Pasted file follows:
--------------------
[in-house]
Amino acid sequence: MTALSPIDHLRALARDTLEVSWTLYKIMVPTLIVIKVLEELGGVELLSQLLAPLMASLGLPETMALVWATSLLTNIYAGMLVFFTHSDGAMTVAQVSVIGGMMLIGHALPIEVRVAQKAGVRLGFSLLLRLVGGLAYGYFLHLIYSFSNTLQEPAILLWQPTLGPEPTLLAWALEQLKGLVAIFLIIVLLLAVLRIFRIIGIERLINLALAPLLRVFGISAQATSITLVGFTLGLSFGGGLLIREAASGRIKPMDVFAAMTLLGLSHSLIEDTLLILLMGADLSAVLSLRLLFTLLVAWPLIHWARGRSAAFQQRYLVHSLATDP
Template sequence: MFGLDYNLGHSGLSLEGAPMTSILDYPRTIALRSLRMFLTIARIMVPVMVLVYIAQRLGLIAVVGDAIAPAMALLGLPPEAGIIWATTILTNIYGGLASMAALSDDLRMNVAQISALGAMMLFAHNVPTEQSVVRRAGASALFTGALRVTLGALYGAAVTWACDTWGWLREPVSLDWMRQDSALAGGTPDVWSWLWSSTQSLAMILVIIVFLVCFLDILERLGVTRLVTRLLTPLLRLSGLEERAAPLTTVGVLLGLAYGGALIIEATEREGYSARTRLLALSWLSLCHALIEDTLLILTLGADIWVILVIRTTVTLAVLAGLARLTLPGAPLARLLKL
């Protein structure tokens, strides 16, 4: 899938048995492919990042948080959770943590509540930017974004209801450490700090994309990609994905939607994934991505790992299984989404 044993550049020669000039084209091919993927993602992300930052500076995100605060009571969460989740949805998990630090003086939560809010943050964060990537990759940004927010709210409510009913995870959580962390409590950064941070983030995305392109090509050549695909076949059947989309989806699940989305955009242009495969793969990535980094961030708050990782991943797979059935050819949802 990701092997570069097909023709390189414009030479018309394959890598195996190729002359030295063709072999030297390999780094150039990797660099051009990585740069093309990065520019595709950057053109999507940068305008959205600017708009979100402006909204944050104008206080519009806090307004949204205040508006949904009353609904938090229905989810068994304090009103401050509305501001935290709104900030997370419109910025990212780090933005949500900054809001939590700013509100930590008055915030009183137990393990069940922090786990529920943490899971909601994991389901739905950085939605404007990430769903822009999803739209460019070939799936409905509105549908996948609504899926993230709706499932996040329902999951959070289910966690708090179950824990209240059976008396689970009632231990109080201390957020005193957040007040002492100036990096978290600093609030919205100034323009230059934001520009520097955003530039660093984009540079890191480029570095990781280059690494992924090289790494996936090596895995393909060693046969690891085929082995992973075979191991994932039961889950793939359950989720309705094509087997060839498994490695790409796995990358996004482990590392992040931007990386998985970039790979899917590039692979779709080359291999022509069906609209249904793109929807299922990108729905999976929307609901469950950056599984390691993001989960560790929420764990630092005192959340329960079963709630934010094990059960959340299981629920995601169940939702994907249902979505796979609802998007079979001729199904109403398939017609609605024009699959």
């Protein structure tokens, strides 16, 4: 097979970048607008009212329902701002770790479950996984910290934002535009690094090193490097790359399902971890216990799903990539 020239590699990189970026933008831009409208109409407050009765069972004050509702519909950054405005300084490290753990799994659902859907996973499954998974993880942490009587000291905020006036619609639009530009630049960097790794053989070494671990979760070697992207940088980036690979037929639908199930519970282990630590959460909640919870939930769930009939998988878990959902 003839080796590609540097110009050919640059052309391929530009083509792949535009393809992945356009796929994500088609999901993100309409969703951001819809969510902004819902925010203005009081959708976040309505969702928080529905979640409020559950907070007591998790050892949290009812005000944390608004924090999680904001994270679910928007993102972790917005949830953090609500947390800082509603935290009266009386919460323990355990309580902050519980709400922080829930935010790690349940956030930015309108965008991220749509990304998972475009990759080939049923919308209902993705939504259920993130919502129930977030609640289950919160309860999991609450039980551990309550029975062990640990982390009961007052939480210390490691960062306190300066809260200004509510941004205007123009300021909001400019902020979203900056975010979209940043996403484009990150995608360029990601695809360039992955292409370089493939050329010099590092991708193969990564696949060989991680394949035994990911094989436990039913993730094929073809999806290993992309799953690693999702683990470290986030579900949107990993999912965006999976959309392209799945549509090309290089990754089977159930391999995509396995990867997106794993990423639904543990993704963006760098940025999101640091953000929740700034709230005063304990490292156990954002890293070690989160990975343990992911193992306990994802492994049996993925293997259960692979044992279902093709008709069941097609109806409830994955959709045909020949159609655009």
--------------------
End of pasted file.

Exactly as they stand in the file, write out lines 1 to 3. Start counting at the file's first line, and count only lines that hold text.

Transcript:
[in-house]
Amino acid sequence: MTALSPIDHLRALARDTLEVSWTLYKIMVPTLIVIKVLEELGGVELLSQLLAPLMASLGLPETMALVWATSLLTNIYAGMLVFFTHSDGAMTVAQVSVIGGMMLIGHALPIEVRVAQKAGVRLGFSLLLRLVGGLAYGYFLHLIYSFSNTLQEPAILLWQPTLGPEPTLLAWALEQLKGLVAIFLIIVLLLAVLRIFRIIGIERLINLALAPLLRVFGISAQATSITLVGFTLGLSFGGGLLIREAASGRIKPMDVFAAMTLLGLSHSLIEDTLLILLMGADLSAVLSLRLLFTLLVAWPLIHWARGRSAAFQQRYLVHSLATDP
Template sequence: MFGLDYNLGHSGLSLEGAPMTSILDYPRTIALRSLRMFLTIARIMVPVMVLVYIAQRLGLIAVVGDAIAPAMALLGLPPEAGIIWATTILTNIYGGLASMAALSDDLRMNVAQISALGAMMLFAHNVPTEQSVVRRAGASALFTGALRVTLGALYGAAVTWACDTWGWLREPVSLDWMRQDSALAGGTPDVWSWLWSSTQSLAMILVIIVFLVCFLDILERLGVTRLVTRLLTPLLRLSGLEERAAPLTTVGVLLGLAYGGALIIEATEREGYSARTRLLALSWLSLCHALIEDTLLILTLGADIWVILVIRTTVTLAVLAGLARLTLPGAPLARLLKL